Aside from that I thought I'd share this and get your input....A catholic church in England unveiled this statue of Jesus showing an artists interpretation of how He might look today including a modern beard and hairstyle as well as some jeans. The parish priest said, “You are always looking for new ways to enrich people in the experience of Christianity and it is good people can be open-minded to appreciate it.”

So what’s your reaction and thoughts to putting Jesus in jeans? My initial reaction... what is he doing? dancing or rapping? And baggy clothes? that's so last year! Jesus should be in skinny jeans, preferably 7 for All Mankind. And of course, the most important burning question for Christianity..."what products would Jesus use for his hair?" ; )

Friday, July 31, 2009

Mindset of success

If you manage any people, if you're a parent, an athlete, a teacher, a leader, etc. you need to read this piece The Effort Effect by Stanford psychology professor Carol Dweck. The article examines her thirty-year study of why some some people excel and others don’t. She postulates that people have two kinds of mindsets: growth or fixed. People with the growth mindset view life as a series of challenges and opportunities for improving. People with a fixed mindset believe that they are “set” as either good or bad. The issue is that the good ones believe they don’t have to work hard, and the bad ones believe that working hard won’t change anything. The view we adopt of ourselves profoundly affects the way we lead our lives. It also reveals that your mindset can determine whether you become the person you want to be, and whether you accomplish what you are truly capable of. Dweck also released a book Mindset: The New Psychology of Success that expands and further details this topic. I definitely plan on reading it!

Here's a sidebar from the article called “What Do We Tell the Kids?” You have a bright child, and you want him/her to succeed. You should tell her how smart she is, right? That’s what 85 percent of the parents Dweck surveyed said. Her research on fifth graders shows otherwise. Labels, even though positive, can be harmful. They may instill a fixed mind-set and all the baggage that goes with it, from performance anxiety to a tendency to give up quickly. Well-meaning words can sap children’s motivation and enjoyment of learning and undermine their performance. While Dweck’s study focused on intelligence praise, she says her conclusions hold true for all talents and abilities. Interesting....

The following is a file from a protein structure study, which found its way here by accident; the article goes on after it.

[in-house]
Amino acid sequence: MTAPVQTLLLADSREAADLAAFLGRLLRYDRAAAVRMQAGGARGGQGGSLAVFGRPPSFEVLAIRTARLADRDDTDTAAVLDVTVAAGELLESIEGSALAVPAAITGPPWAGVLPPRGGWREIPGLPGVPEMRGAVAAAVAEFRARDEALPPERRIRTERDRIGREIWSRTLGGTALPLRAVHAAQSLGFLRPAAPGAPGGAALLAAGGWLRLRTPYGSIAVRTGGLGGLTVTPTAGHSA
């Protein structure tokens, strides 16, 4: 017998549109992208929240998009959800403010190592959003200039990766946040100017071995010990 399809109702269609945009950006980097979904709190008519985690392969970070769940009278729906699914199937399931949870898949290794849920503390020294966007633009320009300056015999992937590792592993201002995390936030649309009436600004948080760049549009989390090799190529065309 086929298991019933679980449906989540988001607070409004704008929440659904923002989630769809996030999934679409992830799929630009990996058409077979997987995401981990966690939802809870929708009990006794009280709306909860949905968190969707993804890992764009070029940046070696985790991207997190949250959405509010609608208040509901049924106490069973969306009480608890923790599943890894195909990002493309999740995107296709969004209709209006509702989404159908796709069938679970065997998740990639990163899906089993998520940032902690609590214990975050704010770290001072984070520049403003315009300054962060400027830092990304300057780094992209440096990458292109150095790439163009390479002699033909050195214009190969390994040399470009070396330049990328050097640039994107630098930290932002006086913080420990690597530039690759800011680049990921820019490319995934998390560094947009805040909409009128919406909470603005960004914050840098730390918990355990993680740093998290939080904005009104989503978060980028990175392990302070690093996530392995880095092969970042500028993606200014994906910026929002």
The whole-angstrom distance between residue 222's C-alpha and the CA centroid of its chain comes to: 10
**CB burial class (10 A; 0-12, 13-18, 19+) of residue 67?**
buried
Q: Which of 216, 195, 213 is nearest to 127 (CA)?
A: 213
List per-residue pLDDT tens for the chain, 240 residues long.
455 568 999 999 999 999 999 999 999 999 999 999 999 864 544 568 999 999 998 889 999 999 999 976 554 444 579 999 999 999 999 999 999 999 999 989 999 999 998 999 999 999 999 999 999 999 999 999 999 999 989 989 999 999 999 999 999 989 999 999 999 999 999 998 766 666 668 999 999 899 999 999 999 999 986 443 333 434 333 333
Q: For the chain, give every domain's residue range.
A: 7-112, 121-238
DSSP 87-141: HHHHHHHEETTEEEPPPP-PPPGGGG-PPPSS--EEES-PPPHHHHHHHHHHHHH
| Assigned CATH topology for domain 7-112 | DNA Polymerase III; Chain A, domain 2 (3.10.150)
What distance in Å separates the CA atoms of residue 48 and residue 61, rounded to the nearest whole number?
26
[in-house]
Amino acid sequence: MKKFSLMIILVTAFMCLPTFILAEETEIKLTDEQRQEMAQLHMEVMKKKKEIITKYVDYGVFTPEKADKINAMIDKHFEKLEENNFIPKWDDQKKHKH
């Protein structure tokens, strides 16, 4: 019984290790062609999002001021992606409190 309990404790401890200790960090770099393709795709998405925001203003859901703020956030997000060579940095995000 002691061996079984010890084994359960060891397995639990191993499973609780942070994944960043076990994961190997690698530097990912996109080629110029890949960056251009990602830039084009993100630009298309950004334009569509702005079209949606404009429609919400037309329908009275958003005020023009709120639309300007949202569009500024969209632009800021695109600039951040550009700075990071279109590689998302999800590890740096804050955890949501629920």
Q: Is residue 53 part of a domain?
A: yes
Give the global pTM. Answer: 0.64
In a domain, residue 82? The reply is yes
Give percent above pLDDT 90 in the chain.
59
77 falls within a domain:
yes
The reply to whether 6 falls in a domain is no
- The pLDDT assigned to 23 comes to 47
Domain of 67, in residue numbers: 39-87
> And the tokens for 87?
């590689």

Sunday, July 26, 2009

To let go....

To let go doesn't mean to stop caring, it just means I can't do it for someone else. To let go is not to cut myself off, it's the realization that I don't control them. To let go is not to enable, but to allow learning from natural consequences. To let go is to admit my powerlessness, which means the outcome is not in my hands. To let go is not to try and change or blame another, I can only change myself. To let go is not to care for, but to care about; not to fix, but to be supportive; not to judge, but to allow another to be a human being. To let go is not to be in the middle arranging all the outcomes, but to allow others to effect their own outcomes. To let go is not to be protective, it's to permit another to face reality. To let go is not to deny, but to accept. To let go is not to nag, scold or argue, but to search out my own shortcomings and work on them. To let go is not to adjust everything to my desires, but to take each day as it comes and relish each moment. To let go is to try to become what I dream I can be. To let go is not to regret the past, but to grow and live for the future. To let go is to fear less and love more.